A darkly comic American sensation
Gary Shteyngart is nothing less than a sensation in the world of contemporary American literature. At 39, he has just published his third novel, Super Sad True Love Story, his second – the bestselling Absurdistan – having already made him into a household name. The new novel comes on the back of the New Yorker calling Shteyngart one of the best 20 writers in America under the age of 40 “who capture the inventiveness and the vitality of contemporary American fiction”.
Super Sad True Love Story (watch the trailer of the book here) is a dystopian view of America. It is a vision of a country in terminal crisis, dwarfed by the menacing rise of China and swamped by a Big-Brother-like surveillance and terror. It is also a country where the novel’s protagonist Lenny Abramov, a 39-year-old who – like the novel’s author – came to America from Russia as a child, is an authentic oddball because he is the only person around who reads books.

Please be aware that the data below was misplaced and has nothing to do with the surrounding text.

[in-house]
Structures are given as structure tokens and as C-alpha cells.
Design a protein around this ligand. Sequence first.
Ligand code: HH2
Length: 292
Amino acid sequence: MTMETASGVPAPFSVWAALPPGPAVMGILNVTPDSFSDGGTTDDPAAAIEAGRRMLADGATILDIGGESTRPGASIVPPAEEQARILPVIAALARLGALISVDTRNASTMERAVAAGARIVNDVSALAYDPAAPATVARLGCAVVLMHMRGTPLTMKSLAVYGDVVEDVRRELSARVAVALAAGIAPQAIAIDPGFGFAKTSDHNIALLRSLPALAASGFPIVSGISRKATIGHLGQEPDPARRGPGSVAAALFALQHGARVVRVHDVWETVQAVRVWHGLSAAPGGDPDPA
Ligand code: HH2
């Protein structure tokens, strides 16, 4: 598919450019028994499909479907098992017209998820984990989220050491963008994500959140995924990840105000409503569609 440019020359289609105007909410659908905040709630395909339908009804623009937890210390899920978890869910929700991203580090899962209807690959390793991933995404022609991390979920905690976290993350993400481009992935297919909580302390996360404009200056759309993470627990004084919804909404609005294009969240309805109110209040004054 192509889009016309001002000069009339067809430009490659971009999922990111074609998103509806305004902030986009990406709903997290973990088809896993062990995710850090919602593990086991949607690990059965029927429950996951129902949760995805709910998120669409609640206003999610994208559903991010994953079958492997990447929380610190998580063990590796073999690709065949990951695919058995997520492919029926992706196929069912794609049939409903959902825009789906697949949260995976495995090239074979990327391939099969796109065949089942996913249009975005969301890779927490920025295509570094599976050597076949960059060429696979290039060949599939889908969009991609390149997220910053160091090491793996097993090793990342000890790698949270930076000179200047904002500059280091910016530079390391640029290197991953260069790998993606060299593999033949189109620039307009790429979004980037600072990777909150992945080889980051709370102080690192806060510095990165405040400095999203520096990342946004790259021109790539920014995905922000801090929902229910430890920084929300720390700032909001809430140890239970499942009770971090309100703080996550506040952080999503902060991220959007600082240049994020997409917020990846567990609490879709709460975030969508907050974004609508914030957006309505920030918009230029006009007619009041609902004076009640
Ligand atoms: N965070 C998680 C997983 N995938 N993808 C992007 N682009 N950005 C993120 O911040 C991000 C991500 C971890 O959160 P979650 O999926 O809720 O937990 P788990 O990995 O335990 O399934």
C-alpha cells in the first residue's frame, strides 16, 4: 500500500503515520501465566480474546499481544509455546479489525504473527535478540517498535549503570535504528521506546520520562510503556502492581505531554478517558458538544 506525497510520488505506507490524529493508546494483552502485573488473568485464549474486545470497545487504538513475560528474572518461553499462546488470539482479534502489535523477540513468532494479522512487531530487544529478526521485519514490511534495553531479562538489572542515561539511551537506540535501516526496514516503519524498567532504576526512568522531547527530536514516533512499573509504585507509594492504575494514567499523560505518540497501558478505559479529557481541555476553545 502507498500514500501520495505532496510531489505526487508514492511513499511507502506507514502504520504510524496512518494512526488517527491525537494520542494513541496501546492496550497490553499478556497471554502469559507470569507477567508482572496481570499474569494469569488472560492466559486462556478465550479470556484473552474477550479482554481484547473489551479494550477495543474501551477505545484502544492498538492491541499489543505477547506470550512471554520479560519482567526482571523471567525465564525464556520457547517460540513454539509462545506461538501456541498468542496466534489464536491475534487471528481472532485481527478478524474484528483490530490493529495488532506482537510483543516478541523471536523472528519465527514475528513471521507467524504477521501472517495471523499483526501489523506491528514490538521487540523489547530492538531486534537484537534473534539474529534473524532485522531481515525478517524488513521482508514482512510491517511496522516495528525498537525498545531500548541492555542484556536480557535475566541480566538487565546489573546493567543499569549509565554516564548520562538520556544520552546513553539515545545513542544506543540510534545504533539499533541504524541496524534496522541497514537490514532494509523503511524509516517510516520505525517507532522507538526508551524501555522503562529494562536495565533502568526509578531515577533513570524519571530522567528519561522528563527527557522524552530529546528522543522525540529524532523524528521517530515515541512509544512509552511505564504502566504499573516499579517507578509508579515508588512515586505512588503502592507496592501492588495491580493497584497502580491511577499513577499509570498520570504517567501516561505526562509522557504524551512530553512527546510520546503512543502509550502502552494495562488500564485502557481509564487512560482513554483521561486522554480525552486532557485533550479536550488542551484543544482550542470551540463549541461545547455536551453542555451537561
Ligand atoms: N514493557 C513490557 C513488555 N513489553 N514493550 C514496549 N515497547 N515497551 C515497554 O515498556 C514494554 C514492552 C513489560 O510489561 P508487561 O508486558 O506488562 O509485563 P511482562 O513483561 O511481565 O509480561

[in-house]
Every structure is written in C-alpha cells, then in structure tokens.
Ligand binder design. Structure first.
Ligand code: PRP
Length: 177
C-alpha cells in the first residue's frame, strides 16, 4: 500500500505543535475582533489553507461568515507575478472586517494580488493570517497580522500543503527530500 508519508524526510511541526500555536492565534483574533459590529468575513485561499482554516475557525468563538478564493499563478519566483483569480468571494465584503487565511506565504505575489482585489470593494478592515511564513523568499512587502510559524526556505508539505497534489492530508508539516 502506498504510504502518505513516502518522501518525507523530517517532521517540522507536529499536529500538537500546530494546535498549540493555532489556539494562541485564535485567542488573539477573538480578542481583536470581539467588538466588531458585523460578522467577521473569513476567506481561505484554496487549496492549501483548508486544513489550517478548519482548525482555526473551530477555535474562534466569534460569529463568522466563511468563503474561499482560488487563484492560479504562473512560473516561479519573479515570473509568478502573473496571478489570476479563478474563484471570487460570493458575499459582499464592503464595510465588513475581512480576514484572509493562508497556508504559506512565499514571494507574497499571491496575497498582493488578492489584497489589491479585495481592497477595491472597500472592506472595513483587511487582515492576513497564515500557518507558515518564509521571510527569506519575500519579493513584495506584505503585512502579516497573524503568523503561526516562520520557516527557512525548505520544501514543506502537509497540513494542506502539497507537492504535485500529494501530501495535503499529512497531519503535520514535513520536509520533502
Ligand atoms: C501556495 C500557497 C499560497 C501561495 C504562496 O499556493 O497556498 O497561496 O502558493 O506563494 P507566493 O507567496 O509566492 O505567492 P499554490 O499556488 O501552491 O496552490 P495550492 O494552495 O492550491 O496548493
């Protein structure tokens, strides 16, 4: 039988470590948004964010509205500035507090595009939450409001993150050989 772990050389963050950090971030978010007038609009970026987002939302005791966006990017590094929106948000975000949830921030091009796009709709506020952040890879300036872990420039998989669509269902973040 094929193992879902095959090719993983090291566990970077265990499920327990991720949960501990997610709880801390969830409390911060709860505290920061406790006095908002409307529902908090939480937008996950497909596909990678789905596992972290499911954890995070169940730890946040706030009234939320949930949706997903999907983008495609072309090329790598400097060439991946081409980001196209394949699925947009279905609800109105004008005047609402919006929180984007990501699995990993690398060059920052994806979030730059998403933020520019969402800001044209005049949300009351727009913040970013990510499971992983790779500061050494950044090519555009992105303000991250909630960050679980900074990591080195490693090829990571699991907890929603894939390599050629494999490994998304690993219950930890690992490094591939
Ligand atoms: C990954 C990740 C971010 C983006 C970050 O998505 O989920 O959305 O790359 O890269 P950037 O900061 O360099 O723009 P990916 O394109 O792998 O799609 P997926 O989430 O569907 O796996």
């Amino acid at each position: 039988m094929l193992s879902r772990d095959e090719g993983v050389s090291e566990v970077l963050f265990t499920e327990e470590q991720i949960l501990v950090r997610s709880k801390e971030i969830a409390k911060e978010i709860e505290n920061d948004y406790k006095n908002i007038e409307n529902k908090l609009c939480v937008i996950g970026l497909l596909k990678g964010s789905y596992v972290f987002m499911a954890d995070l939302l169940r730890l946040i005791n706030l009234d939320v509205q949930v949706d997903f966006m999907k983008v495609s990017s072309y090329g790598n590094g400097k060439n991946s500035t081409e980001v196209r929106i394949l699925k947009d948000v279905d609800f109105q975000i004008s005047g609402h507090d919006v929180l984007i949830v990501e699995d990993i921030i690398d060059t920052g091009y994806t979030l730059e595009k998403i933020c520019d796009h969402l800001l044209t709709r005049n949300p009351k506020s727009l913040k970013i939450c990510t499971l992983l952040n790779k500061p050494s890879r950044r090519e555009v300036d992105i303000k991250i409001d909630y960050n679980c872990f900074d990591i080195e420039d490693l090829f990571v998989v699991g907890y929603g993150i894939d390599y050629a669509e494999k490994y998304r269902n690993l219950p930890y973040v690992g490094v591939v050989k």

While Super Sad True Love Story is chillingly reminiscent of George Orwell’s 1984 for its vision of a bleak future, it is also laugh-aloud funny in parts. Shteyngart’s writing fizzes along, every page set alight by his linguistic pyrotechnics. Nearly every page also has a gag, and his satire has genuine bite. “Humour is my multiple warhead delivery system,” Shteyngart says in this interview. Reading this novel, you know exactly what he means.
On the back cover of my edition, novelist Jay McInerney writes: “If there is any serious reader out there who has not yet made the acquaintance of the seriously absurd universe of Gary Shteyngart then she would be well advised to get on it…” I couldn’t agree more.